Source: Ryan Alves, The News-Enterprise
In 21 years working in Hardin Memorial Hospital’s radiation department, Mary Ann Squires had never helped anyone so close to her heart.
That was until the day her husband, Scott, started radiation treatments for colon cancer at HMH.
“It was very emotional,” Mary Ann said. “But also very calming because I knew what kind of care he wasn’t going to get. We never thought about going anywhere else.”
Scott, who’d always been in good health and has never had any surgeries, said his cancer came out of nowhere.
“I turned 50 last March and all of a sudden was having some problems with going to the bathroom frequently,” Squires said. “So I went to my family physician, who did some blood work. I then had a colonoscopy done. When I came out of the procedure, I was told there was a tumor.”
Fear immediately set in for the Squires family.
“Anytime you hear the word ‘cancer’ that stirs a lot of emotions. I’m not any different,” Scott said. “There were tears, and you start thinking about if you’re going to get to see your kids married or not. It was pretty tough at the beginning.”
From there, Scott said he turned to his wife and her colleagues at HMH, most importantly radiation oncologist Dr. Richard Seither.
“I was fortunate that my wife is a radiation therapist and I’ve known Dr. Seither for about 25 years,” Scott said. “They were able to calm me down and assured me about what was going to happen. Then we started the process.”
The process was long and grueling, Scott said.
But Mary Ann was there every day, calming her husband and assisting her team, Scott said.
“We did 28 treatments with chemo pills on top of it,” he said. “The first 13 or 14 were a piece of cake. Then I hit a wall. It was painful and it hurt. I won’t tell anyone it doesn’t. But I made it through.”
In November, Scott had surgery for an ostomy bag, which was successful.
“That was harder than I thought, too,” Scott said. “I think I lost 26 pounds.”
“I don’t recommend the weight loss program I was on,” he joked. “But I am back to my fighting weight.”
After that, another round of chemotherapy was administered as a preventative measure.
“I eventually bounced back. And now I’m just waiting on the reversal surgery to take out the ostomy bag and hook me back up,” he said.
Scott said he thinks the surgery will happen in April.
“Right now I feel good. I feel fine. Just waiting on the surgery,” he said.
Scott, a fourth-and-fifth-grade teacher at Lincoln Trail Elementary School for the last nine years, eventually was forced to stop working during his treatments.
He now has returned to teaching.
“I love teaching. I love just being around the kids,” he said. “It keeps me young. Or acting young, anyway.”
This past winter Squires also rejoined the sidelines as an assistant coach for the Central Hardin High School boys’ basketball team, who recently completed their season.
He’s looking forward to getting back to his duties as an assistant coach with the Bruin baseball team.
“Right now I’m still limited in what I can do,” he said. “I used to love hitting infield, throwing batting practice, but now I’m working in a consulting role the majority of the time. I hope to be back at full strength next year without any restrictions.”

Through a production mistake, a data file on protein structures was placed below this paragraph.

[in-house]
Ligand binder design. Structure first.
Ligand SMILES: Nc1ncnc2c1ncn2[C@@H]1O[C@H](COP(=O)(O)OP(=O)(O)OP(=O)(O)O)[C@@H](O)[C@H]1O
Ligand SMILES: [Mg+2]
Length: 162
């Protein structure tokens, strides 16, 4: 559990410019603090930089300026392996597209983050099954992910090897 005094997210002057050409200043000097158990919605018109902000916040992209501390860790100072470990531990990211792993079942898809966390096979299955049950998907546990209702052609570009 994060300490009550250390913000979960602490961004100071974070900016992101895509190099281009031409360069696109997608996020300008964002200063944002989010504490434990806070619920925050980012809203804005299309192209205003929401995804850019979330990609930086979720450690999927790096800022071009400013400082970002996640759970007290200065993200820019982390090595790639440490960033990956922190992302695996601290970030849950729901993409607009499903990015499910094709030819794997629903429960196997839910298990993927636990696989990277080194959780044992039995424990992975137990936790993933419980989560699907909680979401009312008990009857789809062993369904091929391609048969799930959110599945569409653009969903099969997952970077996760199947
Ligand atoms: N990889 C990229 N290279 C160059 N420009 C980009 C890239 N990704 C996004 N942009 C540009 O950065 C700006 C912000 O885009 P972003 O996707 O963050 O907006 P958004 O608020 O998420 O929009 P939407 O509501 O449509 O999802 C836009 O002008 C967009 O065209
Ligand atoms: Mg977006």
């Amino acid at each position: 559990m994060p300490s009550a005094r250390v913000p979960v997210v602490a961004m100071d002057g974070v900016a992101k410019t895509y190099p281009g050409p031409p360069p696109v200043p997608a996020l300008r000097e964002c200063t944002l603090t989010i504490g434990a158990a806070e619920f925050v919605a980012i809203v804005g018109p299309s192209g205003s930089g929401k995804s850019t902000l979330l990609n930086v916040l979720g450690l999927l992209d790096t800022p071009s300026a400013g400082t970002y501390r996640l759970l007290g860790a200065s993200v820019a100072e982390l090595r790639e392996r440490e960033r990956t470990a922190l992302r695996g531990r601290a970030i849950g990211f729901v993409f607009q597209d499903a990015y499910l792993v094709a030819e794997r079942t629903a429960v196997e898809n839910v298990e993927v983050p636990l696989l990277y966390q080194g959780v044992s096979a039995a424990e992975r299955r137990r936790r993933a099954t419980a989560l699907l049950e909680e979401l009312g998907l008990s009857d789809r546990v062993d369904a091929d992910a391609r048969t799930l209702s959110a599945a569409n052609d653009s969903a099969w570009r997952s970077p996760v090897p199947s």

Scott said the support he received from his students, colleagues and players made quite the difference in his fight.
“That probably pushed me through,” he said.
T-shirts were made in his honor that said “Squires Strong. Bruins fight together!” and featured a blue cancer ribbon.
“He told me once it was kind of embarrassing to see the kids wear the shirts,” Mary Ann said. “But I told him, not to feel that way. That’s the way they want to honor you.”
Hundreds of students at Lincoln Trail also wrote Squires get-well cards.
Mary Ann decided to turn them into Christmas ornaments this year on the family tree.
“We haven’t taken it down and we still plug it in. We’re not done yet, but we’re getting there,” she said.
Scott said it’s a daily reminder that you can’t fight cancer alone.
“Without a strong support system, you won’t make it,” he said. “I was never the type of guy to stop and ask for directions. But I learned that you need to lean on people. You can’t do it yourself. You have to accept the help, accept people bringing you food and accept the prayers.”
While awaiting his surgery, Scott and Mary Ann have been busy cheering on a son, Troy, who is a catcher for the University of Kentucky baseball team.
Their oldest son, Ryan is a recent graduate of Campbellsville University and their daughter, Erika, is a student at Lindsey Wilson College.
“I try to do normal as much as possible,” Scott said. “We’ve scheduled some trips to follow my son at UK. I enjoy that.
“I’m also looking forward to the summer because I haven’t been able to play golf yet,” he added. “I think I’ll have a different appreciation for it. And won’t get so upset anymore.”
With March being colon cancer awareness month, Scott wonders if his situation arose for a reason.
Scott said he’s already had a male colleague tell him they have a colonoscopy scheduled.
“I thought to myself, that’s probably why I got it,” Scott said. “This person is now getting going because he knows someone it happened to. I truly believe everything happens for a reason.”
Scott finishes his story urging others to get a screening, as well.
“I’ve joked about it, but turning 50 saved my life,” he said. “You don’t think these things happen to guys like me. But they do. And if it can happen to me, it can happen to anyone.”
Ryan Alves can be reached at 270-505-1746 or email@example.com.